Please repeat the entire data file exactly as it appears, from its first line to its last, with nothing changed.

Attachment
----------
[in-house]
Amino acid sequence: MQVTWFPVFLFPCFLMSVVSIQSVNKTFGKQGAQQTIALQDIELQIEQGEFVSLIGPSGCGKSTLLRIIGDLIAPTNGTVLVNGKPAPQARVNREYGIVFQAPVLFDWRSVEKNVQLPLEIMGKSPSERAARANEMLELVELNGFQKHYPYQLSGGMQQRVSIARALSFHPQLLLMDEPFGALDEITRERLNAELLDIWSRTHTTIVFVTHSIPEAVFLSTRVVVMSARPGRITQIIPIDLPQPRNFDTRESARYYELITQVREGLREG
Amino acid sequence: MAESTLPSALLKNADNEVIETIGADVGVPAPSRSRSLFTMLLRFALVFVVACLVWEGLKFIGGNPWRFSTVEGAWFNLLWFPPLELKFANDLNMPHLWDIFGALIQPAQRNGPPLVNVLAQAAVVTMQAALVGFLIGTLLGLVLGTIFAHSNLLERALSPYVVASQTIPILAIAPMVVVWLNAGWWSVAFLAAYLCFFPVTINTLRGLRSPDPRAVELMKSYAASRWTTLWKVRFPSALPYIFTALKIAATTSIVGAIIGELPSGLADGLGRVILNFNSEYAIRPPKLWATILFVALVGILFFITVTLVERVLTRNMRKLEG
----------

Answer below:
[in-house]
Amino acid sequence: MQVTWFPVFLFPCFLMSVVSIQSVNKTFGKQGAQQTIALQDIELQIEQGEFVSLIGPSGCGKSTLLRIIGDLIAPTNGTVLVNGKPAPQARVNREYGIVFQAPVLFDWRSVEKNVQLPLEIMGKSPSERAARANEMLELVELNGFQKHYPYQLSGGMQQRVSIARALSFHPQLLLMDEPFGALDEITRERLNAELLDIWSRTHTTIVFVTHSIPEAVFLSTRVVVMSARPGRITQIIPIDLPQPRNFDTRESARYYELITQVREGLREG
Amino acid sequence: MAESTLPSALLKNADNEVIETIGADVGVPAPSRSRSLFTMLLRFALVFVVACLVWEGLKFIGGNPWRFSTVEGAWFNLLWFPPLELKFANDLNMPHLWDIFGALIQPAQRNGPPLVNVLAQAAVVTMQAALVGFLIGTLLGLVLGTIFAHSNLLERALSPYVVASQTIPILAIAPMVVVWLNAGWWSVAFLAAYLCFFPVTINTLRGLRSPDPRAVELMKSYAASRWTTLWKVRFPSALPYIFTALKIAATTSIVGAIIGELPSGLADGLGRVILNFNSEYAIRPPKLWATILFVALVGILFFITVTLVERVLTRNMRKLEG